Treasurer Horace M. Mann reported $5,500 in cash in the company's treasury and $8,300 in bonds which were bought for the purpose of savings, making a total of $13,800 to be used toward the expansion. The Doylestown Fire Company Relief Association is willing to make the fire company a loan, if ncecesary.

Treasurer Mann assured Chief John F. Gwinner that the fire company should be able to get along several months on a reserve of at least $800 until some more revenue is obtained through gifts and taxes from Doylestown Borough Council.

The firemen discussed the urgency of not having the present building torn open any longer than necessary because of the danger of the equipment and fire engines being tampered with or sabotaged. A 1,000-gallon fuel oil tank must be buried on the lot somewhere.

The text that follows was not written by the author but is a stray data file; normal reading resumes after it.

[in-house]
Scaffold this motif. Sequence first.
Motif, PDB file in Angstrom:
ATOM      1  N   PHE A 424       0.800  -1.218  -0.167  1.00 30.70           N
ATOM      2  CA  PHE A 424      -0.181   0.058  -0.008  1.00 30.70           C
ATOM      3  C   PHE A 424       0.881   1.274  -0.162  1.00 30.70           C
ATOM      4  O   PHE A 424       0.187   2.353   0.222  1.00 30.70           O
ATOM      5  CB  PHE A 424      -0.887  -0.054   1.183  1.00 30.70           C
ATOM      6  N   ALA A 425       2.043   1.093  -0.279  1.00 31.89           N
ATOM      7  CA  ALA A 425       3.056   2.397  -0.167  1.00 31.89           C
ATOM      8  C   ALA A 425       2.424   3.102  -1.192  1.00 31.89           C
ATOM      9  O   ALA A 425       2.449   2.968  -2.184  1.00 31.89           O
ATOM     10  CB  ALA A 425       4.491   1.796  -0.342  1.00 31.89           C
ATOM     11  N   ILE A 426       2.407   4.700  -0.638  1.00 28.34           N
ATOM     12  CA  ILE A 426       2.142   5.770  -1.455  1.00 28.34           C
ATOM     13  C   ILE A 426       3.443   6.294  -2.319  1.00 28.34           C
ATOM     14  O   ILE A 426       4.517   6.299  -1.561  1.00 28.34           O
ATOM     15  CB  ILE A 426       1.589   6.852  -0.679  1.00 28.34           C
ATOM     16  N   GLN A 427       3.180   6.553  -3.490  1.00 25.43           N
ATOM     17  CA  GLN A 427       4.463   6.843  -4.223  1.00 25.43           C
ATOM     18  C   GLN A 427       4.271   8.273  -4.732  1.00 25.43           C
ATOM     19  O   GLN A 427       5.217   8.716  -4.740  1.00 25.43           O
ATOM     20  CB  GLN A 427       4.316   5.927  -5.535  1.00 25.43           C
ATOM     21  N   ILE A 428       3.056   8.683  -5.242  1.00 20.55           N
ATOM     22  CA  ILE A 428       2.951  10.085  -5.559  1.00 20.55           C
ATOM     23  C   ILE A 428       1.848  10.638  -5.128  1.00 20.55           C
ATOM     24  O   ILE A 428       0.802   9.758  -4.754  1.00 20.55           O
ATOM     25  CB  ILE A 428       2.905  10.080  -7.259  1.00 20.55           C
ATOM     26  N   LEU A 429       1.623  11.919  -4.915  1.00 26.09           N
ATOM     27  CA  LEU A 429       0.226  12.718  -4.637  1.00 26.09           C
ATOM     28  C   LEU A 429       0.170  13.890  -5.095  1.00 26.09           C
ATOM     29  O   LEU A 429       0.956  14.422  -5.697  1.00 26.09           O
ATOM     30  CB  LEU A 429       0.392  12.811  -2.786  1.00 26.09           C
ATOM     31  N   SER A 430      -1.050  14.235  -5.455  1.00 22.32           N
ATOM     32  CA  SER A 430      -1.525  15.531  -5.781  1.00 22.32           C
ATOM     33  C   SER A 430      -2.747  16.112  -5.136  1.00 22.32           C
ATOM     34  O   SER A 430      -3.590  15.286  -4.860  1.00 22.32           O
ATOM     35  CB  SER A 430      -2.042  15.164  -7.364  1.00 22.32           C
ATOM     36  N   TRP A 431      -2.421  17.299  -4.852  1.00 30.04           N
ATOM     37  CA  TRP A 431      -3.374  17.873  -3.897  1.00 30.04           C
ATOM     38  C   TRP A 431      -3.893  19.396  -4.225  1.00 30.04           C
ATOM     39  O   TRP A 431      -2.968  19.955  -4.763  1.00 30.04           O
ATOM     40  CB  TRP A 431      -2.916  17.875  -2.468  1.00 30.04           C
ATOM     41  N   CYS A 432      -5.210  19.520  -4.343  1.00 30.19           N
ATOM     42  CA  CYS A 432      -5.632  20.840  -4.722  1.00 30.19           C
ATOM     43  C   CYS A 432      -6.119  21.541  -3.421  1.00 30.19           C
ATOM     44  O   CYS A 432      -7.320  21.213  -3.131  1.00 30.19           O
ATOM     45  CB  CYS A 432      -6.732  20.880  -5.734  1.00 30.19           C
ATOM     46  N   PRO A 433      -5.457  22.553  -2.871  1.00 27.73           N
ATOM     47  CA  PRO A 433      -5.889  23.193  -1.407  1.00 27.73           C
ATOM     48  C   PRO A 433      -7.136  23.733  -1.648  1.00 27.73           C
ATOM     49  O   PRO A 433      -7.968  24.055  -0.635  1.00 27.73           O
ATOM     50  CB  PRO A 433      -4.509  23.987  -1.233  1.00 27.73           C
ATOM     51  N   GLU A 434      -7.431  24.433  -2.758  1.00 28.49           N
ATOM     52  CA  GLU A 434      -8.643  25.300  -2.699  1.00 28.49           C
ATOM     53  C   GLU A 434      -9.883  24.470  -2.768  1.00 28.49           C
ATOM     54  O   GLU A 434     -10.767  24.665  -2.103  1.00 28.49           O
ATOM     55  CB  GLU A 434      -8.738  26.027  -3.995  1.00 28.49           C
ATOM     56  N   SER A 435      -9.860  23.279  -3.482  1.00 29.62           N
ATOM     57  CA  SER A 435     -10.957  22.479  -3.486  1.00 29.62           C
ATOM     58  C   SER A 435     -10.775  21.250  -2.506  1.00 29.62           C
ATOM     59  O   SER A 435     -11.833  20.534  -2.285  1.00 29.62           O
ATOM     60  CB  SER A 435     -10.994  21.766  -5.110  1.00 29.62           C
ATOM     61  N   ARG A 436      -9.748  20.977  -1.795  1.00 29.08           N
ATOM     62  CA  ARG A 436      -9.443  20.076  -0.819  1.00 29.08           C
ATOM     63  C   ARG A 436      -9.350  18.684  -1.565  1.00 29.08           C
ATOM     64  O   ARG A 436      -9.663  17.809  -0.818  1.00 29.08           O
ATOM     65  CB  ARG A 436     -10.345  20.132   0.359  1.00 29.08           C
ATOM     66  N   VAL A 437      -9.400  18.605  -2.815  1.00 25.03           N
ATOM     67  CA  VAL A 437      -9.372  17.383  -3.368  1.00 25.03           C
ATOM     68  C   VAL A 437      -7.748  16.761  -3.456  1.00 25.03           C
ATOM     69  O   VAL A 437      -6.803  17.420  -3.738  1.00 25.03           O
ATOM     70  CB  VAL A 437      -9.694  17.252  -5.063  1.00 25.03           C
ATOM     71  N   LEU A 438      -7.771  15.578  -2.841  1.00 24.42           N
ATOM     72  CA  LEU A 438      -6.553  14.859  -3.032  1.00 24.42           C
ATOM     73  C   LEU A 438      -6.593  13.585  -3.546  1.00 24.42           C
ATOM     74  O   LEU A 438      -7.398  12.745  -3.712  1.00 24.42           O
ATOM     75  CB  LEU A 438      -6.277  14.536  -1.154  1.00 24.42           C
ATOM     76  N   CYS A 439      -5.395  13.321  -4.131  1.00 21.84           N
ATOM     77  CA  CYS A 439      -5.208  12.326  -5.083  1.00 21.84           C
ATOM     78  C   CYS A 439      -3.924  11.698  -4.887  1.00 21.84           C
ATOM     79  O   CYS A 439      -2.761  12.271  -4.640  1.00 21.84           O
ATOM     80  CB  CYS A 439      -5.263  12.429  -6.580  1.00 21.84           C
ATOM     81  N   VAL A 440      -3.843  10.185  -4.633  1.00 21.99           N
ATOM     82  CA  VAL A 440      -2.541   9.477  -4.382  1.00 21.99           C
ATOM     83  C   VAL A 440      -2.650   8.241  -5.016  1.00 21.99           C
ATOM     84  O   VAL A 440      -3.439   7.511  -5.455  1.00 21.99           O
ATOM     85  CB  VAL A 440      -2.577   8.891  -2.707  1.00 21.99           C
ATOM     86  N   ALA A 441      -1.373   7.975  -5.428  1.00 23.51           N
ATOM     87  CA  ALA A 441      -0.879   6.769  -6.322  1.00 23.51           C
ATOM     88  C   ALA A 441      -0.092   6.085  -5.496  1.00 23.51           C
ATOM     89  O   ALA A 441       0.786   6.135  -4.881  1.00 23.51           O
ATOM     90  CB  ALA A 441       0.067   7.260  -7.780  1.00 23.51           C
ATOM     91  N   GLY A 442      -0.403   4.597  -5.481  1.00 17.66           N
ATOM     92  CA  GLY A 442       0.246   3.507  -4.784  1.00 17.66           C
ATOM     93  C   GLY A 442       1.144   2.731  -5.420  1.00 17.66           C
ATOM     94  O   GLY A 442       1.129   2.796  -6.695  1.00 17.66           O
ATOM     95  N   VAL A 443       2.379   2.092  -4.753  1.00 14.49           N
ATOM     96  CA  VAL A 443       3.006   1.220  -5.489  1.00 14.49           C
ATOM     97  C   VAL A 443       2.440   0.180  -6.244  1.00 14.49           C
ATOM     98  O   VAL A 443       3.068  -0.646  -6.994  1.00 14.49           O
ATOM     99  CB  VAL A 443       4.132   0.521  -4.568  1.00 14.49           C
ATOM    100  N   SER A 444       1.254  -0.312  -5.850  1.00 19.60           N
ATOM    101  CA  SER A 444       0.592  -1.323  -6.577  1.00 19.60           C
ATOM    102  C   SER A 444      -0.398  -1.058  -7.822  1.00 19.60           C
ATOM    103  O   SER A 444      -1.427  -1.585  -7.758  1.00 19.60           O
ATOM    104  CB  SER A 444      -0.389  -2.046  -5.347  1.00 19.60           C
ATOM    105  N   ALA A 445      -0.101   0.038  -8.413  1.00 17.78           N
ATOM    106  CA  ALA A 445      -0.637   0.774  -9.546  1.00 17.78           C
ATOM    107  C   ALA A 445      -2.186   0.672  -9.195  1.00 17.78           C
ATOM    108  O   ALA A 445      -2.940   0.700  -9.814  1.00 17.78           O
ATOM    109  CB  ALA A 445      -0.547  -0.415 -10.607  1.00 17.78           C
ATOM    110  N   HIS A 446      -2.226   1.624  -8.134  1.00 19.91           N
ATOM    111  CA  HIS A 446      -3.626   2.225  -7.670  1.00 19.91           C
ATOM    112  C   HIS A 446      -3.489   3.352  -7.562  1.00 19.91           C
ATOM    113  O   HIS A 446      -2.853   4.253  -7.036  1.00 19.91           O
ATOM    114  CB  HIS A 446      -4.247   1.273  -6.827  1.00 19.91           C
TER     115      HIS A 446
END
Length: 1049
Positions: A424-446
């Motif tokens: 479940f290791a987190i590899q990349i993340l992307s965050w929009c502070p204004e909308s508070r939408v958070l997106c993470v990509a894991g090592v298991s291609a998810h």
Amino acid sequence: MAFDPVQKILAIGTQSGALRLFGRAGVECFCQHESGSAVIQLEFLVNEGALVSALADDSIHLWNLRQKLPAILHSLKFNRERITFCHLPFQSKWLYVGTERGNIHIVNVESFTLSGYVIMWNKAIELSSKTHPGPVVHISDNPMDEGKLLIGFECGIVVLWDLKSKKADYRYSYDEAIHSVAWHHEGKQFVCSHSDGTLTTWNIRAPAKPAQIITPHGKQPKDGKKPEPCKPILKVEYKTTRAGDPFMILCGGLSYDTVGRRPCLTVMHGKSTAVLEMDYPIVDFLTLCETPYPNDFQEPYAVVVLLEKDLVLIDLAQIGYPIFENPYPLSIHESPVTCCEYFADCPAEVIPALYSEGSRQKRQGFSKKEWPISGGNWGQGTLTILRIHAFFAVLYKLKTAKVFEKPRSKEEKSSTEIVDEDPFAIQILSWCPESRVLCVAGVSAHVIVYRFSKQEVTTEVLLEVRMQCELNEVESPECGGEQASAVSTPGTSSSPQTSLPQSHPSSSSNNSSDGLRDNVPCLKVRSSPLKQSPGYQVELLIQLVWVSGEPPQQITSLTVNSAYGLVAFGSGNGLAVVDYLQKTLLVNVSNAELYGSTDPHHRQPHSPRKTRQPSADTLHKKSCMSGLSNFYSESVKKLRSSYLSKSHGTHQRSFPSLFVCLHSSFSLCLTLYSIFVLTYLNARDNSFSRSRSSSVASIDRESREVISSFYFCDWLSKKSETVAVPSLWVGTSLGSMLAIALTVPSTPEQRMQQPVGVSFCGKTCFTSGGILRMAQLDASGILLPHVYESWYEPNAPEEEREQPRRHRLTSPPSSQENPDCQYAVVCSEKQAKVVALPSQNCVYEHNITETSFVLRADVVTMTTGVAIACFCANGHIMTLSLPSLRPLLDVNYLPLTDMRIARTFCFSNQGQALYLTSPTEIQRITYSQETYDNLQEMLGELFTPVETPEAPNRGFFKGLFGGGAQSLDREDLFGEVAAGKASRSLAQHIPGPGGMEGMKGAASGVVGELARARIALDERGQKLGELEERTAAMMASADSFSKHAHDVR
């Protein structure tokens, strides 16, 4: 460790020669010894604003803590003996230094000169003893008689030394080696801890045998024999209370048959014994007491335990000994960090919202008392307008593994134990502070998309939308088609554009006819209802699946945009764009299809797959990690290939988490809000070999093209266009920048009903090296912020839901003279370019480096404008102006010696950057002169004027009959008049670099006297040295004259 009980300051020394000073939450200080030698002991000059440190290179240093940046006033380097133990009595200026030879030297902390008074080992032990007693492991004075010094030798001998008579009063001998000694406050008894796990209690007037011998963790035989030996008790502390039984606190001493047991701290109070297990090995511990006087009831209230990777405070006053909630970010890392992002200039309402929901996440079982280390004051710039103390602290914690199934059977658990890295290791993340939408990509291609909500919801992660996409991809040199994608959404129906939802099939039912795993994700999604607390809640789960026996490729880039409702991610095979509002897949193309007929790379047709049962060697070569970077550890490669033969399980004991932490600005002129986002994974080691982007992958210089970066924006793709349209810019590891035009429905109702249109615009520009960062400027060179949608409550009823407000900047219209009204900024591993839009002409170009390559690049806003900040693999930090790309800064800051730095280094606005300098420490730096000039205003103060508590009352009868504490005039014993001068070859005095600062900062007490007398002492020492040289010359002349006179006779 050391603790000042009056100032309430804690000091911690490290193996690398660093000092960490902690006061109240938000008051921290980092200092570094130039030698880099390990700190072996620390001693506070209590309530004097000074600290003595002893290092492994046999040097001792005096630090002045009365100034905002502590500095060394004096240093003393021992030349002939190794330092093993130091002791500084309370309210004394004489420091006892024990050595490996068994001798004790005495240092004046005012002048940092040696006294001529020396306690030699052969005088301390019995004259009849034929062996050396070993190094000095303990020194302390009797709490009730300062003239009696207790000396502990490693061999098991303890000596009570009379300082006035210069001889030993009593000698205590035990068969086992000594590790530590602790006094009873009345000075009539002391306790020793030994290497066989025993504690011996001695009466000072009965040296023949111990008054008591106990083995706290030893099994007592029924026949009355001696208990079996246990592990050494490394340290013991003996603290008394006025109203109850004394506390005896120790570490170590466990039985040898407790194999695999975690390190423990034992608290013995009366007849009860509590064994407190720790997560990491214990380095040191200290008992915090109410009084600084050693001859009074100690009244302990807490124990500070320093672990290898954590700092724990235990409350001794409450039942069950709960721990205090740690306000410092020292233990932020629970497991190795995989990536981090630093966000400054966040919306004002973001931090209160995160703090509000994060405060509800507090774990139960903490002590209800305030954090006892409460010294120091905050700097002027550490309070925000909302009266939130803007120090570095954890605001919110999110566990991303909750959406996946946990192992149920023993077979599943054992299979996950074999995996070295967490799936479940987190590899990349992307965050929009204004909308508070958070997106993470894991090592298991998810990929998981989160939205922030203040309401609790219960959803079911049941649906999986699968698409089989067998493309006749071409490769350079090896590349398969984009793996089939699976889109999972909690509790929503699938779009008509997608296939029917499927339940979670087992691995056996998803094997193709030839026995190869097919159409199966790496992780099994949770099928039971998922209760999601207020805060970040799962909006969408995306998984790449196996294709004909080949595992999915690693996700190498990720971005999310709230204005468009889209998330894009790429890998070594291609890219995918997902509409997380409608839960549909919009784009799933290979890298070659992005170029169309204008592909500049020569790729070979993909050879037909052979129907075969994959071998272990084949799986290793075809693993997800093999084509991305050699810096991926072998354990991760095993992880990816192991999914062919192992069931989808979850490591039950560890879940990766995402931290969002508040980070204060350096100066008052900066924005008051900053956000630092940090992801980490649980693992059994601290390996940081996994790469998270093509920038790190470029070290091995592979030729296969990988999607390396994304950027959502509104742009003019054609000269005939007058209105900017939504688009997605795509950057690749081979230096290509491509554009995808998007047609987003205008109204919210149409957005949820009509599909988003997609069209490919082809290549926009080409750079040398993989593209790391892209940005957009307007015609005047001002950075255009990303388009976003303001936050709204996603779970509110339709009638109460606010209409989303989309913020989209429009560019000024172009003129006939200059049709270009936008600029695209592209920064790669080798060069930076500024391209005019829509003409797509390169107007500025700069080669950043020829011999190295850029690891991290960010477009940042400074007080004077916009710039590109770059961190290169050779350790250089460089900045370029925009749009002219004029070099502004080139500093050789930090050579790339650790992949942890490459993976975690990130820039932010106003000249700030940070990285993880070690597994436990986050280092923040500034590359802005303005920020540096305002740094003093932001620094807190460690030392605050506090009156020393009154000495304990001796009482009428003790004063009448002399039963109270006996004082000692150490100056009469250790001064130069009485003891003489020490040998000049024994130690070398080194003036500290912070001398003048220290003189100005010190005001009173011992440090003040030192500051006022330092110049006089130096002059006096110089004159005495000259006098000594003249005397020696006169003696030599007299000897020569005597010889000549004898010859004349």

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Girl miraculously escapes serious injury -

In her excitement over a new snow suit, Sandra Nancy Holkey, two years old, fell from the rear door of her father's car about 3:45 Tuesday afternoon just below Edison, but miraculously escaped serious injury.

Sandra, who is the daughter of Mr. and Mrs. Harry Holkey, of South Main street, was returning from a sale with her parents; her sister, Sharon, one; and her grandmother, Mrs. William Holkey, of West Oakland avenue. The little tot reached for the front seat and fell against the rear door, somehow opening the lock as she fell.

Cars were coming both ways on the Easton highway, approaching the first bridge at Edison. A truck which was following the Holkey car managed to stop before reaching the child, who had fallen in the center of the road.

Sandra was driven to the Doylestown Emergency Hospital, where Dr. Bradford Green had X-rays taken. Fortunately, there was no fracture, but a large cut on her forehead required stitches.